Since the middle of the last century, the number of seabirds has declined by 70 percent worldwide. Røst in Lofoten still has one of the world’s biggest colonies of Atlantic puffins (Fratercula arctica). Although nine of the past thirteen breeding seasons have resulted in very few offspring. Globally, puffins are classified as vulnerable to extinction, and past breeding seasons have made researchers very concerned. Puffins live for a very long time. Thus it takes time before breeding problems translate to declines in population size. What happens is that the chicks die before they are ready to leave the nest. The adult population is fairly stable, but when few chickens survive there will be trouble in the long run.
"A lot of this has to do with the access to food," says Associate professor Sanne Boessenkool, at the Centre for Ecological and Evolutionary Synthesis (CEES).
In light of the dramatical decline in the number of seabirds, it is particularily important to conserve the present genetic variation. Previously, it has been assumed that puffins can be divided into three subgroups according to geographical distribution and size. It has also been assumed that the genetical variation is evenly distributed among the different colonies. This assumption was based on analyses of smaller parts of the genetic material. Yet, Sanne Boessenkool and Oliver Kersten at CEES wanted to investigate if this assumption was true.
"When you want to conserve a species, you want to conserve the genetic variation. In order to do so one must know what and where the variation is, and what you lose, if you lose a population," explains Boessenkool.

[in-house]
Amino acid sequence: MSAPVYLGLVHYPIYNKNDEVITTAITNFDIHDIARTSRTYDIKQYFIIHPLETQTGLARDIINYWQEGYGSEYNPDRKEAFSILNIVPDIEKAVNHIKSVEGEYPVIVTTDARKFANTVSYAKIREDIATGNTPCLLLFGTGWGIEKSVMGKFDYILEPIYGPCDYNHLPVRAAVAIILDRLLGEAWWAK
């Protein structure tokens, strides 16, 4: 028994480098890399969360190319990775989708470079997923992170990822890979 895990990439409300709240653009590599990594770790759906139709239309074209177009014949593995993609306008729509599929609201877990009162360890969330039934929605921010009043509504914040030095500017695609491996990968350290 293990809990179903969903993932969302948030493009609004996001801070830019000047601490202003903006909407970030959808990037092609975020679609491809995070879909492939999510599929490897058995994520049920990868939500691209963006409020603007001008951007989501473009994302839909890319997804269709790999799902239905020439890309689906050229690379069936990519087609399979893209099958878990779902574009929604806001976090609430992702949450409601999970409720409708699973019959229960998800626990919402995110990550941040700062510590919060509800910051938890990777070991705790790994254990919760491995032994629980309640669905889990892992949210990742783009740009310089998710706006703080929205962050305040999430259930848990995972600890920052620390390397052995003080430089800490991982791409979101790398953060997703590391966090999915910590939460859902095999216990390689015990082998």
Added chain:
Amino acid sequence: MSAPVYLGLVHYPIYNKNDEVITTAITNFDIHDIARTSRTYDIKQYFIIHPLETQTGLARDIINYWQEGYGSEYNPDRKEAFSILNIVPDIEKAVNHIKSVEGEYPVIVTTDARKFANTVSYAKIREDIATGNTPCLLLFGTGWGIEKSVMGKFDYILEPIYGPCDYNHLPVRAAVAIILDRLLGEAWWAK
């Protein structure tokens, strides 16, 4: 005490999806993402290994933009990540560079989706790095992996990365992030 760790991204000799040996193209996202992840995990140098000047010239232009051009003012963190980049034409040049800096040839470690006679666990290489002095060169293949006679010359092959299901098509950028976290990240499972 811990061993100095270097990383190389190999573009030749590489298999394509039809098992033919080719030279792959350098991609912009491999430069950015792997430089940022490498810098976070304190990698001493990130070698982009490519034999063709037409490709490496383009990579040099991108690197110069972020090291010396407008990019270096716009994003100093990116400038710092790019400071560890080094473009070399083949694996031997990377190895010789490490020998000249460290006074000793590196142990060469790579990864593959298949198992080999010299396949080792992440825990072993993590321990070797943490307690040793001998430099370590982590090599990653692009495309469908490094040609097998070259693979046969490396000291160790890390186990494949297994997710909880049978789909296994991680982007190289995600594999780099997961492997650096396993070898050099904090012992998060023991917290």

International effort to collect the samples
Seabirds have the possibility to fly over great distances. Nevertheless, many breed at the same place every year, some with the same mate for life.
Therefore, it is important to know if the genetic diversity is evenly spread out amongst all puffins, or if different colonies become more genetically different over time.
Several surveillance programmes (SEAPOP, SEATRACK, ARCTOX) have contributed with sample collection and interpretation of the results. Researchers on these programmes know the ecology and the species very well. The local partners have collected the blood samples and feathers at the same time as they carried out surveillance and ringing of birds at the various populations. Without the international cooperation the research would have been very complicated. Half of the year, the puffins are at the open sea. To collect samples from various locations within the breeding season it was necessary to cooperate with several partners.
As a result, Boessenkool and Kersten sequenced the genetic material of 72 individuals from 12 different colonies.
- When researchers analyse the genetic material, they read a DNA sequence consisting of base pairs. Sometimes all of the genetic material (genome) is sequenced, but sometimes only a part of it is sequenced. It is expensive and time consuming to sequence and analyse the whole genome, therefore it is not uncommon to sequence just a part of it. Even though sequencing still is expensive, it has become much cheaper than ten years ago.